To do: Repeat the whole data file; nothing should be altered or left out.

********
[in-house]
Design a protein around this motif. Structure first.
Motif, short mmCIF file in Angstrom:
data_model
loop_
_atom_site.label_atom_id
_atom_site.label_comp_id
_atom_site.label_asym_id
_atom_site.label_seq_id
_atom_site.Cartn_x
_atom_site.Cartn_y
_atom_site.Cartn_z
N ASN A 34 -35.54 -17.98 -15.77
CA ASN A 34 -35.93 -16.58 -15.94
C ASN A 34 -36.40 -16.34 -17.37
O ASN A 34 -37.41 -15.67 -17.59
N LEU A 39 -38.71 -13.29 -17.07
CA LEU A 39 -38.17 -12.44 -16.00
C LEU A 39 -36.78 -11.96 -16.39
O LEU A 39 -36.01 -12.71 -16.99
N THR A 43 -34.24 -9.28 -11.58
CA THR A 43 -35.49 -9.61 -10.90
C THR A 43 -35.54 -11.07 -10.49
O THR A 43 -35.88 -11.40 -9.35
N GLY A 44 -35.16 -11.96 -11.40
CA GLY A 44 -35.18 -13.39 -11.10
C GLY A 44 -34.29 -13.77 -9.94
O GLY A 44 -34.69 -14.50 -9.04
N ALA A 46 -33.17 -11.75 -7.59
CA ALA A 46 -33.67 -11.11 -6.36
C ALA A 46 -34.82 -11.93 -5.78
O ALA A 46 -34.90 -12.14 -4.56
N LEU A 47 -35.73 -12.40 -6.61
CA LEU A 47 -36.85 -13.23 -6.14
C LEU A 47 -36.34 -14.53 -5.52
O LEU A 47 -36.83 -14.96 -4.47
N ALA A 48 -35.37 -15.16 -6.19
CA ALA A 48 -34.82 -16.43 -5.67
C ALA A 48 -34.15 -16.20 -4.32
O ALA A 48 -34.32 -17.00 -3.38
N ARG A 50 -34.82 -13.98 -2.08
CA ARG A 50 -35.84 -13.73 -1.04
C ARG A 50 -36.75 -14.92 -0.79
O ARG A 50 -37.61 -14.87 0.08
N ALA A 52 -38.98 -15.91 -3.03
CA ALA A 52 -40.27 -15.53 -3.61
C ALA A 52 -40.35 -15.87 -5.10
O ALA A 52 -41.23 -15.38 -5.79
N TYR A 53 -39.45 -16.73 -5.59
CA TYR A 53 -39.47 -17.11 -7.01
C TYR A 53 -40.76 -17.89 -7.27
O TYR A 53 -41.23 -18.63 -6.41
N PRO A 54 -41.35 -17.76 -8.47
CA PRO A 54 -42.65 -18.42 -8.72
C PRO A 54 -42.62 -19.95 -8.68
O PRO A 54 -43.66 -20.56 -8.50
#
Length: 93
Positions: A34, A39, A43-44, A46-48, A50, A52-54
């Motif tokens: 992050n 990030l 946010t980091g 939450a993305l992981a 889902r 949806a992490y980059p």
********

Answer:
[in-house]
Design a protein around this motif. Structure first.
Motif, short mmCIF file in Angstrom:
data_model
loop_
_atom_site.label_atom_id
_atom_site.label_comp_id
_atom_site.label_asym_id
_atom_site.label_seq_id
_atom_site.Cartn_x
_atom_site.Cartn_y
_atom_site.Cartn_z
N ASN A 34 -35.54 -17.98 -15.77
CA ASN A 34 -35.93 -16.58 -15.94
C ASN A 34 -36.40 -16.34 -17.37
O ASN A 34 -37.41 -15.67 -17.59
N LEU A 39 -38.71 -13.29 -17.07
CA LEU A 39 -38.17 -12.44 -16.00
C LEU A 39 -36.78 -11.96 -16.39
O LEU A 39 -36.01 -12.71 -16.99
N THR A 43 -34.24 -9.28 -11.58
CA THR A 43 -35.49 -9.61 -10.90
C THR A 43 -35.54 -11.07 -10.49
O THR A 43 -35.88 -11.40 -9.35
N GLY A 44 -35.16 -11.96 -11.40
CA GLY A 44 -35.18 -13.39 -11.10
C GLY A 44 -34.29 -13.77 -9.94
O GLY A 44 -34.69 -14.50 -9.04
N ALA A 46 -33.17 -11.75 -7.59
CA ALA A 46 -33.67 -11.11 -6.36
C ALA A 46 -34.82 -11.93 -5.78
O ALA A 46 -34.90 -12.14 -4.56
N LEU A 47 -35.73 -12.40 -6.61
CA LEU A 47 -36.85 -13.23 -6.14
C LEU A 47 -36.34 -14.53 -5.52
O LEU A 47 -36.83 -14.96 -4.47
N ALA A 48 -35.37 -15.16 -6.19
CA ALA A 48 -34.82 -16.43 -5.67
C ALA A 48 -34.15 -16.20 -4.32
O ALA A 48 -34.32 -17.00 -3.38
N ARG A 50 -34.82 -13.98 -2.08
CA ARG A 50 -35.84 -13.73 -1.04
C ARG A 50 -36.75 -14.92 -0.79
O ARG A 50 -37.61 -14.87 0.08
N ALA A 52 -38.98 -15.91 -3.03
CA ALA A 52 -40.27 -15.53 -3.61
C ALA A 52 -40.35 -15.87 -5.10
O ALA A 52 -41.23 -15.38 -5.79
N TYR A 53 -39.45 -16.73 -5.59
CA TYR A 53 -39.47 -17.11 -7.01
C TYR A 53 -40.76 -17.89 -7.27
O TYR A 53 -41.23 -18.63 -6.41
N PRO A 54 -41.35 -17.76 -8.47
CA PRO A 54 -42.65 -18.42 -8.72
C PRO A 54 -42.62 -19.95 -8.68
O PRO A 54 -43.66 -20.56 -8.50
#
Length: 93
Positions: A34, A39, A43-44, A46-48, A50, A52-54
């Motif tokens: 992050n 990030l 946010t980091g 939450a993305l992981a 889902r 949806a992490y980059p």